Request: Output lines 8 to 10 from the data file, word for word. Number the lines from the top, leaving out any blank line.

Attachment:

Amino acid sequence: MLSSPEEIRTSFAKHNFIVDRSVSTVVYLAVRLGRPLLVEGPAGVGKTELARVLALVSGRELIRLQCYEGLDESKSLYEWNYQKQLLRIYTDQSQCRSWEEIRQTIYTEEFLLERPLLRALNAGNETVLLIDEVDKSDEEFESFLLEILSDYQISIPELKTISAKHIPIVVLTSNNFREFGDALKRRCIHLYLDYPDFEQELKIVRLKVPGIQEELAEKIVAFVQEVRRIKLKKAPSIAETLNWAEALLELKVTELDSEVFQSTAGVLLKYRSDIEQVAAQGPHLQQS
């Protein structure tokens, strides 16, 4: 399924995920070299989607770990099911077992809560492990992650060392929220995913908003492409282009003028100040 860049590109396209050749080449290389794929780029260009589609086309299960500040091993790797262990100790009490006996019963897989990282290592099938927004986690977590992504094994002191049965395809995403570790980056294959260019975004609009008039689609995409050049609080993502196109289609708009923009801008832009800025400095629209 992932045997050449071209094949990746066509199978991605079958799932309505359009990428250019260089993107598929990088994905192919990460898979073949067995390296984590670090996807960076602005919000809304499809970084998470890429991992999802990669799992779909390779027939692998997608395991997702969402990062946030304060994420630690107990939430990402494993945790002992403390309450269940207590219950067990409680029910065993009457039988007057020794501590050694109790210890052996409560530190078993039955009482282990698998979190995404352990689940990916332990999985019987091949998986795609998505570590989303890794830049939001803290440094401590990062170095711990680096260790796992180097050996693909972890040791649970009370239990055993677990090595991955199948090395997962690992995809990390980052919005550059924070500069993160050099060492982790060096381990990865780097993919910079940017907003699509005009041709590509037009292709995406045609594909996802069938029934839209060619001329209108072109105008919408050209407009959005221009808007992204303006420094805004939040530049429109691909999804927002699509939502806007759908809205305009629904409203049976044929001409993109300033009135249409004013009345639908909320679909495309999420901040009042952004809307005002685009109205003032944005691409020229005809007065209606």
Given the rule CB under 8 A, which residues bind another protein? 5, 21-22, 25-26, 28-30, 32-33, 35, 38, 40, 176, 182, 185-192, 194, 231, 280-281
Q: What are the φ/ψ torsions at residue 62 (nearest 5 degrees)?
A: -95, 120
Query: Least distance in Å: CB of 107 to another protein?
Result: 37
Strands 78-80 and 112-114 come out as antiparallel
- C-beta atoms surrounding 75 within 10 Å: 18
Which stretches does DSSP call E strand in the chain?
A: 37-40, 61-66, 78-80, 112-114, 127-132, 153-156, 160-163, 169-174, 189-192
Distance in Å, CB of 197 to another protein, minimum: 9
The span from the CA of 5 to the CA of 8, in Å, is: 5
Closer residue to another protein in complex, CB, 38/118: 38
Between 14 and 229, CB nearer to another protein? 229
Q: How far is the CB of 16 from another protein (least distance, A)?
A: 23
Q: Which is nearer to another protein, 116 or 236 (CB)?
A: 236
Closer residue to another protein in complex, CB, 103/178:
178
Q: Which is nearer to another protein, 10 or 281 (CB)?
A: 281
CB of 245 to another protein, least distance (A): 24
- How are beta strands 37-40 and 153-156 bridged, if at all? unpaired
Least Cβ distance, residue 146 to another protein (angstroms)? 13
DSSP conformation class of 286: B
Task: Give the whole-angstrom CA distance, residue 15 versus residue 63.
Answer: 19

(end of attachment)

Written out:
Strands 78-80 and 112-114 come out as antiparallel
- C-beta atoms surrounding 75 within 10 Å: 18
Which stretches does DSSP call E strand in the chain?